Salt wedge estuaries are characterized by a sharp density interface between the upper layer of freshwater and the bottom layer of saline water. River water dominates in this system, and tidal effects have a small role in the circulation patterns. The freshwater floats on top of the seawater and gradually thins as it moves seaward. The denser seawater moves along the bottom up the estuary forming a wedge shaped layer and becoming thinner as it moves landward. As a velocity difference develops between the two layers, shear forces generate internal waves at the interface, mixing the seawater upward with the freshwater.[10] An example is the Mississippi estuary.[citation needed]

As tidal forcing increases, the control of river flow on the pattern of circulation in the estuary becomes less dominating. Turbulent mixing induced by the current creates a moderately stratified condition. Turbulent eddies mix the water column, creating a mass transfer of freshwater and seawater in both directions across the density boundary. Therefore, the interface separating the upper and lower water masses is replaced with a water column with a gradual increase in salinity from surface to bottom. A two layered flow still exists however, with the maximum salinity gradient at mid depth. Partially stratified estuaries are typically shallow and wide, with a greater width to depth ratio than salt wedge estuaries.[10] An example is the Thames.[citation needed]

In vertically homogeneous estuaries, tidal flow is greater relative to river discharge, resulting in a well mixed water column and the disappearance of the vertical salinity gradient. The freshwater-seawater boundary is eliminated due to the intense turbulent mixing and eddy effects. The width to depth ratio of vertically homogeneous estuaries is large, with the limited depth creating enough vertical shearing on the seafloor to mix the water column completely. If tidal currents at the mouth of an estuary are strong enough to create turbulent mixing, vertically homogeneous conditions often develop.[10]

Fjords are usually examples of highly stratified estuaries; they are basins with sills and have freshwater inflow that greatly exceeds evaporation. Oceanic water is imported in an intermediate layer and mixes with the freshwater. The resulting brackish water is then exported into the surface layer. A slow import of seawater may flow over the sill and sink to the bottom of the fjord (deep layer), where the water remains stagnant until flushed by an occasional storm.[9]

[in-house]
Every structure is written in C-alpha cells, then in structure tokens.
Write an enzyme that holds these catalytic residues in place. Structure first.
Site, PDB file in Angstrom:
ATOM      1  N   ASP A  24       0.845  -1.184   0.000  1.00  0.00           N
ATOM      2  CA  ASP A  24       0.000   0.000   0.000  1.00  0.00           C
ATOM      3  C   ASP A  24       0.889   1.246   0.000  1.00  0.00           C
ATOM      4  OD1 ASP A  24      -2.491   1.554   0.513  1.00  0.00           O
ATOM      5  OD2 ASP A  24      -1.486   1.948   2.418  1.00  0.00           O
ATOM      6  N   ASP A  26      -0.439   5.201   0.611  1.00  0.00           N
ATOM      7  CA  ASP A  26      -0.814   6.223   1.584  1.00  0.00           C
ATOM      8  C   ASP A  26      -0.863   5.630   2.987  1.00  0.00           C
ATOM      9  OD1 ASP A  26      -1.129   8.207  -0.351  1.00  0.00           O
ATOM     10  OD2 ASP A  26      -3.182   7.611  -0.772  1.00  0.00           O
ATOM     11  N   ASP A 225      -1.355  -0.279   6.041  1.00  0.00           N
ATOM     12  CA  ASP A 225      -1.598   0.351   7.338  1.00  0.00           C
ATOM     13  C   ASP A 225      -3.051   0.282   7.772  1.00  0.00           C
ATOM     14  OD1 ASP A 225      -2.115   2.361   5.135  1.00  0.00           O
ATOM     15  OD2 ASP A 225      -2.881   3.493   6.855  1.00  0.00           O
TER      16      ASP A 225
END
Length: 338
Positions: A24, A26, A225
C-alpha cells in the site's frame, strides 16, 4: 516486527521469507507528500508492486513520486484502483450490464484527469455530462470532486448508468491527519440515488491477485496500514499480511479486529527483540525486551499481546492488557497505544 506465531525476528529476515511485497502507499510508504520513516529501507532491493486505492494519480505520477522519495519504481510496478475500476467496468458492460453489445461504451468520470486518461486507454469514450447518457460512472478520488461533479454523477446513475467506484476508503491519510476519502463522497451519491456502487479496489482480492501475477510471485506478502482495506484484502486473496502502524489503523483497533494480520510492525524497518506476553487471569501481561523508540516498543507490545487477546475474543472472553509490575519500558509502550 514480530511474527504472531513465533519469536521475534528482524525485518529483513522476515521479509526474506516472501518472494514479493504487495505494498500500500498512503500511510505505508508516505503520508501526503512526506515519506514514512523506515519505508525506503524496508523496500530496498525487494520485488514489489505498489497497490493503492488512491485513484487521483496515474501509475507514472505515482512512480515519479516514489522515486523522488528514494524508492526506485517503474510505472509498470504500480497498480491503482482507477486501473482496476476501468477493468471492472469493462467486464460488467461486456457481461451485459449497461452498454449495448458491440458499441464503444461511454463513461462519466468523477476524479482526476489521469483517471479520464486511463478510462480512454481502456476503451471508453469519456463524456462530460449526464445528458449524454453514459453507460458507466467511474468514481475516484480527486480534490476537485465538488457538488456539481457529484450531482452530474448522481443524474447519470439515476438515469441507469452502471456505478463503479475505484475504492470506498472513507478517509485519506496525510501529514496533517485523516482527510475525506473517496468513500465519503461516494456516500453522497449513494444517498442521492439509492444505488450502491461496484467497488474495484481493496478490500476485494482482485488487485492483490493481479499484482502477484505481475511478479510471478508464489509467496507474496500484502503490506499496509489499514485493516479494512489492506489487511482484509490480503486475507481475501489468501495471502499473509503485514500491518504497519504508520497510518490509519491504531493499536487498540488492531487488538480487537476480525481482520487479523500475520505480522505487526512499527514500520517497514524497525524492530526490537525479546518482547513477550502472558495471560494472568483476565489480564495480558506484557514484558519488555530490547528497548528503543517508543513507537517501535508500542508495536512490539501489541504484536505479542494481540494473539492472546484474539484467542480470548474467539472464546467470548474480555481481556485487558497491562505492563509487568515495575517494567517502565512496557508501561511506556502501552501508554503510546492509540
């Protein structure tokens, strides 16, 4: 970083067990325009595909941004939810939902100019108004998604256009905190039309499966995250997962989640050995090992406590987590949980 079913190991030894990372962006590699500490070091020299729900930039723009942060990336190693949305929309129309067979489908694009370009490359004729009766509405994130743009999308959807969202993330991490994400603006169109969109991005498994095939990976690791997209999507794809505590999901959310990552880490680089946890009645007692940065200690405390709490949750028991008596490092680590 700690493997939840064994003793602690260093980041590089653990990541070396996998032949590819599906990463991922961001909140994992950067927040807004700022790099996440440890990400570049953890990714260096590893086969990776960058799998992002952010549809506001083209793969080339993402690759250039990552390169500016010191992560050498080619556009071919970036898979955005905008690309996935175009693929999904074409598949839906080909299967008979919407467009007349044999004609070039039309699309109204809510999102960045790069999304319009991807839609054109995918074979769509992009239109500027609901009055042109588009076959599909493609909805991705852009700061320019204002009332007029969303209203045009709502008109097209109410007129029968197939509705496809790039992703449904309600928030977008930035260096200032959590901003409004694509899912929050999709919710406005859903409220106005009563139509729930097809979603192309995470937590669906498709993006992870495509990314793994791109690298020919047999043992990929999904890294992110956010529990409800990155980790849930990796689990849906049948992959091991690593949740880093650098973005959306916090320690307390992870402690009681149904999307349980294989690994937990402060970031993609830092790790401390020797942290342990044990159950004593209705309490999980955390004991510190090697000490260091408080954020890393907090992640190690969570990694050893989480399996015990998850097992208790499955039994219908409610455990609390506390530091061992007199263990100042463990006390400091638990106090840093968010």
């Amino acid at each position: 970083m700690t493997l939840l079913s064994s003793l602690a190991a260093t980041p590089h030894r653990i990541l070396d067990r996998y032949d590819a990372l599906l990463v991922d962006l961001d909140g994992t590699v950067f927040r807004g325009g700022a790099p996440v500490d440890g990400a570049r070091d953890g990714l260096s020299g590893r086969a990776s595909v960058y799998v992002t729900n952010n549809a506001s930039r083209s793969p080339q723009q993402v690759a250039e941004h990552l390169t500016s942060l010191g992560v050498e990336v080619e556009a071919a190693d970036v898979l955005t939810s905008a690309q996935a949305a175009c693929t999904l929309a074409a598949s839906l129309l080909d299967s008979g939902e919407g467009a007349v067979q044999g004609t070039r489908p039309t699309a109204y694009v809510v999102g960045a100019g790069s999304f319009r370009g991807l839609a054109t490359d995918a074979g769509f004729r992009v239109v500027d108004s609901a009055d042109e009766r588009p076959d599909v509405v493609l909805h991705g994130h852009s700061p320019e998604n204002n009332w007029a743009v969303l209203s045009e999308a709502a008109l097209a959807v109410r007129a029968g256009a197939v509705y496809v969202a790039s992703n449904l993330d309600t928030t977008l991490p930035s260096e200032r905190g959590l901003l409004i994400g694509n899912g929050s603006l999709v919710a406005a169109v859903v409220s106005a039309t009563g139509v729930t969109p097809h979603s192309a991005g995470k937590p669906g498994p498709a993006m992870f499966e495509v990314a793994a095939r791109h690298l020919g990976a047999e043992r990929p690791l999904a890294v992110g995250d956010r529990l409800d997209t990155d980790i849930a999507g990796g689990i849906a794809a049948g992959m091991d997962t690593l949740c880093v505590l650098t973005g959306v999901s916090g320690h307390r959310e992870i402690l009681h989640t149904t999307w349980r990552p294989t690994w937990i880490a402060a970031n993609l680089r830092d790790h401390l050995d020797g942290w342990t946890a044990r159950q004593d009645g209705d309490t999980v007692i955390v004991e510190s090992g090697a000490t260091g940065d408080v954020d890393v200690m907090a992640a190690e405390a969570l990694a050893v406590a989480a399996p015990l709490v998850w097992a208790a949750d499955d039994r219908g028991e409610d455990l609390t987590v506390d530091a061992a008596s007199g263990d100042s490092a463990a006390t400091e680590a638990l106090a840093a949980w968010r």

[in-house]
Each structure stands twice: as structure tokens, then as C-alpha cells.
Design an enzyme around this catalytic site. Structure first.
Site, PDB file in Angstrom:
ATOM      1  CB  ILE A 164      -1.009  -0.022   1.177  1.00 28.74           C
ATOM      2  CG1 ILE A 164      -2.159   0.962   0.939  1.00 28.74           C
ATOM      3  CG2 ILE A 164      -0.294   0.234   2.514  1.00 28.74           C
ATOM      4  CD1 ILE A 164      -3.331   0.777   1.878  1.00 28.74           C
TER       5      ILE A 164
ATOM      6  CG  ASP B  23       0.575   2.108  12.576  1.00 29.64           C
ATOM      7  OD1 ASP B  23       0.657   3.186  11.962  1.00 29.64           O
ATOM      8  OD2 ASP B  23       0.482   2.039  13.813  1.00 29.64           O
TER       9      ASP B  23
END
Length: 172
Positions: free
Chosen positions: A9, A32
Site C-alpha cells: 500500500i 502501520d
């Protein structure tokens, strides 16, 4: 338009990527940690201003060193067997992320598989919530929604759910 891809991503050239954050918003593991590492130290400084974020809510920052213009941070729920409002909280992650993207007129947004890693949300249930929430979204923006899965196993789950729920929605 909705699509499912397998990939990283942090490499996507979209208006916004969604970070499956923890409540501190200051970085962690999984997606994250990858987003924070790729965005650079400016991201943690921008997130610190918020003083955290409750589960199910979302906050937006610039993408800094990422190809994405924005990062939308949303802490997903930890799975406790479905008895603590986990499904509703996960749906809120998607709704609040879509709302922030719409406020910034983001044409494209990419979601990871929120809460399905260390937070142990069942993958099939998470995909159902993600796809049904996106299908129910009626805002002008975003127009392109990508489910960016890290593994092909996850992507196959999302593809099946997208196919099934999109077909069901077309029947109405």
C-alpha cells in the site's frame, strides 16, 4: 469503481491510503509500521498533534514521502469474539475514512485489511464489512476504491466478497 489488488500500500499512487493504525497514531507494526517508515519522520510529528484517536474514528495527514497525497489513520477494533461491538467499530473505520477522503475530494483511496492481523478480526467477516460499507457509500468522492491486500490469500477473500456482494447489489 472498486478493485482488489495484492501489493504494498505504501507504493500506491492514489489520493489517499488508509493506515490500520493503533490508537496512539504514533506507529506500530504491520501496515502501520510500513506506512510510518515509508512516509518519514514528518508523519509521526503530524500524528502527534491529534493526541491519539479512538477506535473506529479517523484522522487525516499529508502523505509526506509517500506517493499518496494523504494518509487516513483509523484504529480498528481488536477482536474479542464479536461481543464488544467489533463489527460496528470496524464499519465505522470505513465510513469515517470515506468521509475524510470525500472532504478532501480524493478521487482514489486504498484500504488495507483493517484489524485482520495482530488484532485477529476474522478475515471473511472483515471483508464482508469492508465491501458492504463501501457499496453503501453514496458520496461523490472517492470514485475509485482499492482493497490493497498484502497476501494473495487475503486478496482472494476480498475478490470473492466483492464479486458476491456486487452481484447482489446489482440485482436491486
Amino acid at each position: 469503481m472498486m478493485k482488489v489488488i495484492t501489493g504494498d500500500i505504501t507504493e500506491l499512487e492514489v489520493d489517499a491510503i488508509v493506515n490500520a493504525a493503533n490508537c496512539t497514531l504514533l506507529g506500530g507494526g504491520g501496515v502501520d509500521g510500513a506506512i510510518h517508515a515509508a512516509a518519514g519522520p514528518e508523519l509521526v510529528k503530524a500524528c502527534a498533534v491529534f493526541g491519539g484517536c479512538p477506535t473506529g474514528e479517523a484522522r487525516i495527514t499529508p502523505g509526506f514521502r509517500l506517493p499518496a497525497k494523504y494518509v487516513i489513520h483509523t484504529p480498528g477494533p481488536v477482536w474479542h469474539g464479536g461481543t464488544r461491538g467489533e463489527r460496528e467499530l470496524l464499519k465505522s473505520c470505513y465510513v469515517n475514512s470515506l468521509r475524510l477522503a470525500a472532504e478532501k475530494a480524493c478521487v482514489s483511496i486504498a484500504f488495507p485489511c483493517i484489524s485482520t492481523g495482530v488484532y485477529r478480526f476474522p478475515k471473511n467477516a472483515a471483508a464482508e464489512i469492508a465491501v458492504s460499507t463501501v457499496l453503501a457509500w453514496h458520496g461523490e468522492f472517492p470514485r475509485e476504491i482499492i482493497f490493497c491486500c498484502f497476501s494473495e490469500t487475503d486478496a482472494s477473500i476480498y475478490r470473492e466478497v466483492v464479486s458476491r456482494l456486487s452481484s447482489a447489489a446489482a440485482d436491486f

Inverse estuaries occur in dry climates where evaporation greatly exceeds the inflow of freshwater. A salinity maximum zone is formed, and both riverine and oceanic water flow close to the surface towards this zone.[11] This water is pushed downward and spreads along the bottom in both the seaward and landward direction. The maximum salinity can reach extremely high values and the residence time can be several months. In these systems, the salinity maximum zone acts like a plug, inhibiting the mixing of estuarine and oceanic waters so that freshwater does not reach the ocean. The high salinity water sinks seaward and exits the estuary.[12][13]

Lakes

Lake stratification, generally a form of thermal stratification caused by density variations due to water temperature, is the formation of separate and distinct layers of water during warm weather, and sometimes when frozen over. Typically stratified lakes show three distinct layers, the epilimnion comprising the top warm layer, the thermocline (or metalimnion): the middle layer, which may change depth throughout the day, and the colder hypolimnion extending to the floor of the lake.[citation needed]

The thermal stratification of lakes is a vertical isolation of parts of the water body from mixing caused by variation in the temperature at different depths in the lake, and is due to the density of water varying with temperature.[14] Cold water is denser than warm water of the same salinity, and the epilimnion generally consists of water that is not as dense as the water in the hypolimnion.[15] However, the temperature of maximum density for freshwater is 4 °C. In temperate regions where lake water warms up and cools through the seasons, a cyclical pattern of overturn occurs that is repeated from year to year as the water at the top of the lake cools and sinks (see stable and unstable stratification). For example, in dimictic lakes the lake water turns over during the spring and the fall. This process occurs more slowly in deeper water and as a result, a thermal bar may form.[14] If the stratification of water lasts for extended periods, the lake is meromictic.